I’ve been pounding the table to buy Toll Brothers Inc (NYSE:TOL) for a while now. I picked TOL in August 2011 to outperform the market on Fool.com CAPS, and the shares have more than doubled since that pick. While some might fear they have missed the opportunity to buy, it’s not too late. The same positives that I saw in 2011 are still present today. Even more important is, the recovery of the housing market will take years, and this over 100% gain in the last two years should just be the start for Toll Brothers Inc (NYSE:TOL) investors.
The Great Housing Revival
Just two years ago, it was hard to convince anyone that housing was beginning to rebound. It was common to read articles saying that housing was in the doldrums. However, if you looked at the backlog of most homebuilders, they were up across the board.
A homebuilder’s backlog is a gauge of potential future business. While it’s true that investors need to watch the homebuilder’s cancellation rate, if orders in the backlog aren’t cancelled, healthy growth should occur. A second metric to watch is the average price of delivered homes, and the average price of homes in the company’s backlog.
Contrary to the idea that house prices haven’t been strong, many homebuilders are reporting consecutive quarters of positive price momentum. Last but not least, investors need to watch homebuilder’s debt-to-equity ratios to make sure the companies aren’t taking on too much debt.
The Great Thing About Recessions
It might sound strange to suggest there is anything good about recessions, but investors get two huge benefits from these economic issues. First, companies are truly tested during a recession. It’s not unusual to find formerly strong companies reduced to conserving cash. Long-term investors get a chance to buy stocks at deep discounts to what they would otherwise trade for.
The second great thing that happens in recessions is weaker companies disappear. While this is certainly not good news for employees of these companies, it is ultimately a good thing for the companies that survive.
One of the simplest measures of a company’s staying power is the strength of their balance sheet. Using the debt-to-equity ratio, investors get a sense of a company’s relative strength or weakness. Peter Lynch used to say he preferred to see at least twice as much equity as debt, and the more equity and less debt the better.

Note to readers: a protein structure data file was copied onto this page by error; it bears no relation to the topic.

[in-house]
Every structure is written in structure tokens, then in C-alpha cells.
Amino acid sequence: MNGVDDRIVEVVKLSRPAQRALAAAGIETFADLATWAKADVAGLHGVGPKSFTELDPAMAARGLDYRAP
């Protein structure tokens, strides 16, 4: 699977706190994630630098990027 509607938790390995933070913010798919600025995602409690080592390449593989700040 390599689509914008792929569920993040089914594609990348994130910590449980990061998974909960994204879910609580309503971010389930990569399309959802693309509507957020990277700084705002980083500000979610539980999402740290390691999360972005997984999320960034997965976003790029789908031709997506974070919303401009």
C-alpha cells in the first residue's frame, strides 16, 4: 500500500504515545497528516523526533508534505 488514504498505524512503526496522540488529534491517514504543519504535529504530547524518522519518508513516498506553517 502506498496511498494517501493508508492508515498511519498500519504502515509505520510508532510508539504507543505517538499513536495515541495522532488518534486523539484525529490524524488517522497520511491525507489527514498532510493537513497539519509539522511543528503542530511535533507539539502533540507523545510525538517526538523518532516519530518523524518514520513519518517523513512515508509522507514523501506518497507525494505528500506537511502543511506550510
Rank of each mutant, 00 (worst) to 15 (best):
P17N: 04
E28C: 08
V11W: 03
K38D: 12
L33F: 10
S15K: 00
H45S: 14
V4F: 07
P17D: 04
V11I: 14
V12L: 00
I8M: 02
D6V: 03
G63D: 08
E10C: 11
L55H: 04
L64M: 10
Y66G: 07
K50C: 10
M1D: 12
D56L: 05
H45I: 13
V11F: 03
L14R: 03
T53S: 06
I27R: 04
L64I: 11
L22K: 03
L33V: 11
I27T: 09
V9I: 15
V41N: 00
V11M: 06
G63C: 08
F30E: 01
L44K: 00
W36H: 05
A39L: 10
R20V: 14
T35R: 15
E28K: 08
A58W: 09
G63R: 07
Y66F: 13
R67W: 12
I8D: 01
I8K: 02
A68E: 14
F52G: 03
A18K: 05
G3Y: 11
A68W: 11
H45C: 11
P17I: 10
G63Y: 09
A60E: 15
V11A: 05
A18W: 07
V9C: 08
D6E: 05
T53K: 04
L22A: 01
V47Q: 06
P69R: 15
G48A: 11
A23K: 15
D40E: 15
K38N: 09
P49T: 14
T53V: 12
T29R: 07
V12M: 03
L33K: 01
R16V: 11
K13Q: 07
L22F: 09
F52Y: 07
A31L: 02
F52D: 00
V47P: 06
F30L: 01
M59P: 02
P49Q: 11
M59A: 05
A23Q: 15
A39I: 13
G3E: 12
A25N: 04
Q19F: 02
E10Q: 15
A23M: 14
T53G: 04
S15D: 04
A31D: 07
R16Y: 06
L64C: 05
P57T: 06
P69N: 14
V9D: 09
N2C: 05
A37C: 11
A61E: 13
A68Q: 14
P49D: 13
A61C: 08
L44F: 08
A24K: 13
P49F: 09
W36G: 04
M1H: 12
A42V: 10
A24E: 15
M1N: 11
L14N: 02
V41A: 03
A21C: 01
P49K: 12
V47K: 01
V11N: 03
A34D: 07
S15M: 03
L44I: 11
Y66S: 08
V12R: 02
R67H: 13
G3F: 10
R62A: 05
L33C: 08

By this measure, Toll Brothers Inc (NYSE:TOL) leads its peers by a comfortable margin. In the current quarter, Toll’s debt-to-equity ratio is 0.64. By comparison, Lennar Corporation (NYSE:LEN) and PulteGroup, Inc. (NYSE:PHM) reported debt-to-equity ratio of 1.29 and 1.21. Of Toll’s competition, KB Home (NYSE:KBH)appears to be in the weakest position with a debt-to-equity ratio of 4.15. Of course a big difference between Toll and their competition is, Toll doesn’t have a financing division whereas the other builders do.
I see this as a net positive, Toll is servicing a higher-end clientele that is likely to have established lending relationships elsewhere. The company essentially doesn’t need a financing division to get their deals done. In addition, while their competition may make some money from their financing divisions, the main source of income for all of these companies is homebuilding profits. Investors looking for a play on the continued turnaround in housing can buy Toll stock and not have to worry about the potential credit related issues and additional debt a financing subsidiary would entail.
It’s Great To Be The Last One Left
Technically Toll Brothers Inc (NYSE:TOL) competes with companies like Lennar Corporation (NYSE:LEN), PulteGroup, Inc. (NYSE:PHM), and KB Home (NYSE:KBH), but in reality Toll is pretty much by itself at the top of the homebuilding market. Toll markets to the high-end homebuyer, whereas the others compete for the more mainstream housing market. You can see this difference in that Lennar Corporation (NYSE:LEN), PulteGroup, and KB Home have average delivery prices around the $250,000 to $270,000 range. By comparison, Toll’s average delivered home price was $571,000 in the last three months. Even more impressive is Toll’s average price in their backlog.
It’s rare when investors get a tip that a company’s earnings should be significantly better in the future, that is also backed up with data. Potential investors in Toll, think about this number, in the current quarter the company’s average home price was $571,000, in their backlog the average price is $665,000. If the company delivers on this backlog, this indicates a 16.46% higher average price per home than in the current quarter.